"Out of the crooked timber of humanity, no straight thing was ever made," Immanuel Kant, once remarked. But would he have bothered issuing this supreme warning had he not known that a big part of what made us so crooked was our yearning for straight things? And what of the inmates themselves? Did they not, too, yearn? The thing that pains me the most is the thought that any number of Birkenau's victims might have disembarked and, in spite of their terror and hatred, been struck by its grandeur, too; that among the burdens they had to bear, having lost their lives even before they were killed, was the thought, however fleeting, that the camp architecture was somehow proof of their being dispatched by what could only be thought civilization.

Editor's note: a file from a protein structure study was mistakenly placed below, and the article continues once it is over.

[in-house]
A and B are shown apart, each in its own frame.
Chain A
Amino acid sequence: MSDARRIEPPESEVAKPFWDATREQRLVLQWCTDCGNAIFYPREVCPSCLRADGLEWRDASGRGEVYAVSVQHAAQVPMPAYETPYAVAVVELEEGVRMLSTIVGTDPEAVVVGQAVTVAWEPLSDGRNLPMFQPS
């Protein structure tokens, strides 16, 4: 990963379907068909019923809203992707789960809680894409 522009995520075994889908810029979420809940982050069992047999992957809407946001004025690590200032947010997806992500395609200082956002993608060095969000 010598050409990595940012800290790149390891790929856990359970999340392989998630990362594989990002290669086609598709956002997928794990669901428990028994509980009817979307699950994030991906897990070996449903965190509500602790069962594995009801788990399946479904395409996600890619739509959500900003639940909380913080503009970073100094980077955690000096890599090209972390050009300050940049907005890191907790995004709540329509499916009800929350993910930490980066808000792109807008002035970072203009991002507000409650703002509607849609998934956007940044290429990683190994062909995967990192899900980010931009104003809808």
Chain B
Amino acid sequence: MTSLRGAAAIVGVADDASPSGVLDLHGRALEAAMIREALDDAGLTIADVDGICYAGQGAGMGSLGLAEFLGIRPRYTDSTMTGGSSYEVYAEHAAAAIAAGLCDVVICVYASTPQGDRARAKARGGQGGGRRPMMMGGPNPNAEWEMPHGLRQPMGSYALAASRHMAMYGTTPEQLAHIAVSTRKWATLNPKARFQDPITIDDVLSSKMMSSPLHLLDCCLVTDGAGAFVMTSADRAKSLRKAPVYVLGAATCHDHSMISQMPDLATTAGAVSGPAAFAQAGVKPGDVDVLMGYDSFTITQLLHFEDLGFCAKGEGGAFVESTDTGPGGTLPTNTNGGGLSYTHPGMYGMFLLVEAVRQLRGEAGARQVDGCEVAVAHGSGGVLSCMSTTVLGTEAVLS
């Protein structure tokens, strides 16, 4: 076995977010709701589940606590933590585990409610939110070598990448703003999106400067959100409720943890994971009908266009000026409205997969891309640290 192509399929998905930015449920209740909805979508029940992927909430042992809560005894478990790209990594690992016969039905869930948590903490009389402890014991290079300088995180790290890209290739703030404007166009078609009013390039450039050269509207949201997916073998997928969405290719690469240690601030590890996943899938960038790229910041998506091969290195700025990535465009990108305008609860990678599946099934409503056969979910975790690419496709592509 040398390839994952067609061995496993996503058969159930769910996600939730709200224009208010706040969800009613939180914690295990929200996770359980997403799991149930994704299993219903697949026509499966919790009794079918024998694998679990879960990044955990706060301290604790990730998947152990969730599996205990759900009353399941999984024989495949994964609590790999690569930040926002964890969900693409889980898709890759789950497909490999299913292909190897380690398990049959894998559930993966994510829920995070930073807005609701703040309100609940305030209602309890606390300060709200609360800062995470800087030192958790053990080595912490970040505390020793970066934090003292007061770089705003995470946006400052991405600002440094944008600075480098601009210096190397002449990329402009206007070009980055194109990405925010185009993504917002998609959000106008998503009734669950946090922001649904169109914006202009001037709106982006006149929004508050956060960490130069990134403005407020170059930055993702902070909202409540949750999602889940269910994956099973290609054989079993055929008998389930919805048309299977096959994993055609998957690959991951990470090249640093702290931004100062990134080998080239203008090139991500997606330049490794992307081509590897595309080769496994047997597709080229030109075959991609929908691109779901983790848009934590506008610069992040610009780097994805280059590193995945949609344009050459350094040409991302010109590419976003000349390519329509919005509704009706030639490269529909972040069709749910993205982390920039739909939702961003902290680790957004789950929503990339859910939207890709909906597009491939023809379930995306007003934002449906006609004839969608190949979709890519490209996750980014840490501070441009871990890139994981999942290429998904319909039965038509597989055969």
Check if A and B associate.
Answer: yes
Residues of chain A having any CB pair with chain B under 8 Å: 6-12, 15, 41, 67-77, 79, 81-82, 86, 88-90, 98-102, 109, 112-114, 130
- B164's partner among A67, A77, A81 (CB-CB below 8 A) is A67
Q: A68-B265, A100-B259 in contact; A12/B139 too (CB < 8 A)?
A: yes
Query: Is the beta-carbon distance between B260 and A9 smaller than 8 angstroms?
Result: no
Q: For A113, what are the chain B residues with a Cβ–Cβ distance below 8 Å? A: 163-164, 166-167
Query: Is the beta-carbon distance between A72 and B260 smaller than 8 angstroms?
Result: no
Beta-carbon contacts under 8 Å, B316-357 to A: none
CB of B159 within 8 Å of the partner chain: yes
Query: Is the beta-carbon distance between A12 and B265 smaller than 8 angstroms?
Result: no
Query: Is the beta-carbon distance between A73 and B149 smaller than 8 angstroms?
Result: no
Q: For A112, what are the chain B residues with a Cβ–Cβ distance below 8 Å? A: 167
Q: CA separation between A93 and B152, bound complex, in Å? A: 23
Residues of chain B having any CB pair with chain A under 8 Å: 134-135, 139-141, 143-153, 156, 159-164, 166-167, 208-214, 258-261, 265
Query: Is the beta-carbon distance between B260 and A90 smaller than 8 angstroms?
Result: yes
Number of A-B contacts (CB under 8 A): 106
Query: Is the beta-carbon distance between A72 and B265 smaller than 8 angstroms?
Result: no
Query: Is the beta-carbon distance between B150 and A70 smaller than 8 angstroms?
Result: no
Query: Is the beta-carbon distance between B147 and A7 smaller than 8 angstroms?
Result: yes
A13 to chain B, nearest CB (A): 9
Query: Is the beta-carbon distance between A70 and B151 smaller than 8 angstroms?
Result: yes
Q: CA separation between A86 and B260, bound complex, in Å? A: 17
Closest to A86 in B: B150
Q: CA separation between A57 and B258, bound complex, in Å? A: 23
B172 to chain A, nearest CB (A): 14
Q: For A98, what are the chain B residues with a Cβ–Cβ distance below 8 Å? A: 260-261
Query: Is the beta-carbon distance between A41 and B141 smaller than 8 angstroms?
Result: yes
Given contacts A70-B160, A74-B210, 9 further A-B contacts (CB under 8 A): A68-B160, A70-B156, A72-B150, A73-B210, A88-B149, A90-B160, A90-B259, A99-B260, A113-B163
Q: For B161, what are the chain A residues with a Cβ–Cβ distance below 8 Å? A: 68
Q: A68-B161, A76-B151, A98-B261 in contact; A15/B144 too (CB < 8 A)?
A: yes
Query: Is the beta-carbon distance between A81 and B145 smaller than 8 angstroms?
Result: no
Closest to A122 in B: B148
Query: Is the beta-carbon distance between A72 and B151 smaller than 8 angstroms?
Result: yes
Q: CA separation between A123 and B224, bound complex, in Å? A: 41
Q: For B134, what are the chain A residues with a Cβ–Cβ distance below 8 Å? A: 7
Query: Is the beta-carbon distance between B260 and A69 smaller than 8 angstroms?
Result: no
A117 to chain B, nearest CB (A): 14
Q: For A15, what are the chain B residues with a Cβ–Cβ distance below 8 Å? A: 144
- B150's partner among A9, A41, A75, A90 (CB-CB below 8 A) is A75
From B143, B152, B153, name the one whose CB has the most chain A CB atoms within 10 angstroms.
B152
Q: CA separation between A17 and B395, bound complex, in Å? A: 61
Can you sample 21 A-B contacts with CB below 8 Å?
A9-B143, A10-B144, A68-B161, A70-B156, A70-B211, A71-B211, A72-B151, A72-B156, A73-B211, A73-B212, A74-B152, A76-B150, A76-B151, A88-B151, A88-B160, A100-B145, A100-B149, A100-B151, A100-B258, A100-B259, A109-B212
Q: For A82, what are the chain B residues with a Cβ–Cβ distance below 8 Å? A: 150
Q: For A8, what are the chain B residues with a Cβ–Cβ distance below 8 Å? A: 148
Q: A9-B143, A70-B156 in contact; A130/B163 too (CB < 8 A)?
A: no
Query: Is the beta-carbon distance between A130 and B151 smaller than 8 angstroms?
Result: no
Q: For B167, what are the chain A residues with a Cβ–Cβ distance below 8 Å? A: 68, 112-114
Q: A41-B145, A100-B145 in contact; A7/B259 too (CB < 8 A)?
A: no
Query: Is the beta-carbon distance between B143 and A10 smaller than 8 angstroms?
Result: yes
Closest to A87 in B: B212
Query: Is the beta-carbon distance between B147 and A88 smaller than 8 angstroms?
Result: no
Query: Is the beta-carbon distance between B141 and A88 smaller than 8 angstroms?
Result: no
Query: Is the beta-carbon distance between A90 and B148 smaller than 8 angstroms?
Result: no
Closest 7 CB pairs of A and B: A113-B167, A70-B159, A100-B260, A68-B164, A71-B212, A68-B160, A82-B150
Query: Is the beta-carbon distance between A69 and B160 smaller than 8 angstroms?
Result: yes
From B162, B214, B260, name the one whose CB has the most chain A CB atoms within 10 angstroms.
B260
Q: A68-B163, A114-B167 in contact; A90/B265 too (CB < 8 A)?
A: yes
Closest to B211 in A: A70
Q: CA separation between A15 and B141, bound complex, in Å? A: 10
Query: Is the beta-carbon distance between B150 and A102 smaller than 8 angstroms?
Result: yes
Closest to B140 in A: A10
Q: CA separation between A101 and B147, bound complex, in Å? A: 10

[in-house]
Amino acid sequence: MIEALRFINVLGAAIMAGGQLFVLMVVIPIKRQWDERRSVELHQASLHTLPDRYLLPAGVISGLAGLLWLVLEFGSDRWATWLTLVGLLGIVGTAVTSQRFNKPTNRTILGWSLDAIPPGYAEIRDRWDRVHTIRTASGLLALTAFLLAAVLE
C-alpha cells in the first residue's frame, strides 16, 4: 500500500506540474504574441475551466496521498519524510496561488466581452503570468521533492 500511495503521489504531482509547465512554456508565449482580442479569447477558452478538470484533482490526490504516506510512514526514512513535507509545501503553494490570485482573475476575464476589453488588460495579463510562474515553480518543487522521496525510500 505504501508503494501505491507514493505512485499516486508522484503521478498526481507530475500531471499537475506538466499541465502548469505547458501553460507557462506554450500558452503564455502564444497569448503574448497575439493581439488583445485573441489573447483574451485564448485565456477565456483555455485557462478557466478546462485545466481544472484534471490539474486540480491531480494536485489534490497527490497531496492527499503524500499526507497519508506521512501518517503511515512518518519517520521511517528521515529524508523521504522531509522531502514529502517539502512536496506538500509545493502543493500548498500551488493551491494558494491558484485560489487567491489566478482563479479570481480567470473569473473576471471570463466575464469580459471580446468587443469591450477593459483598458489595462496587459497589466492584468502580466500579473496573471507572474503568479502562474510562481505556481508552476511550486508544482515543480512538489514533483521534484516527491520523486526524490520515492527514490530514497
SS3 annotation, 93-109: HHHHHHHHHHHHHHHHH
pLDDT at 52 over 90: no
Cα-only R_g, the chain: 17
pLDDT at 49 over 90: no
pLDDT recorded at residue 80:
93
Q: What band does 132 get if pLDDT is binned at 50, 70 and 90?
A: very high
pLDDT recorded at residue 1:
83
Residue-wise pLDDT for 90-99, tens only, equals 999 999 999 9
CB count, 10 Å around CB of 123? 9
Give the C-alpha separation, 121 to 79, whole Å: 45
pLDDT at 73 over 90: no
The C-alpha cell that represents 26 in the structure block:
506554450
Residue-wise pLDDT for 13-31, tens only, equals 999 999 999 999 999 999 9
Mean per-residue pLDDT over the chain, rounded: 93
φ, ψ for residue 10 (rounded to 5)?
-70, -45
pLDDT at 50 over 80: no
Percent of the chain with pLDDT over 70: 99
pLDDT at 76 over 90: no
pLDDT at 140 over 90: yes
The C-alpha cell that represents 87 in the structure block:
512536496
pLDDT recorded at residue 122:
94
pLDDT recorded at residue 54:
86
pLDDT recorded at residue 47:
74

My dear friend, the late Ilona Karmel, survived the Plashow camp a few miles away. Sidra and I visited that site, too, and walked its gentle hill. Ila never told me this, but it was clear from the camp's vantage point that she could see the low-slung, stately buildings of downtown Krakow in the distance, the way one sees downtown Boston from Farlow Hill in Newton Corner. She told me once that she strangely missed the camp now and then, because it was the only moment in her life when she knew, exactly, right from wrong. Another symmetry Nazis--but not only Nazis--achieved.
Monday, January 25, 2010
Foundation or Distraction
Chair: Sam Bahour, Consultant and entrepreneur, CEO, Applied Information Management
Bassem Khoury, CEO of Pharmacare and former Economics Minister of the PA
Amal Masri, General Manager of Ougarit Co. for Marketing, Communications, and Media
Ammar Aker, CEO of Jawal, Palestine’s major cell phone company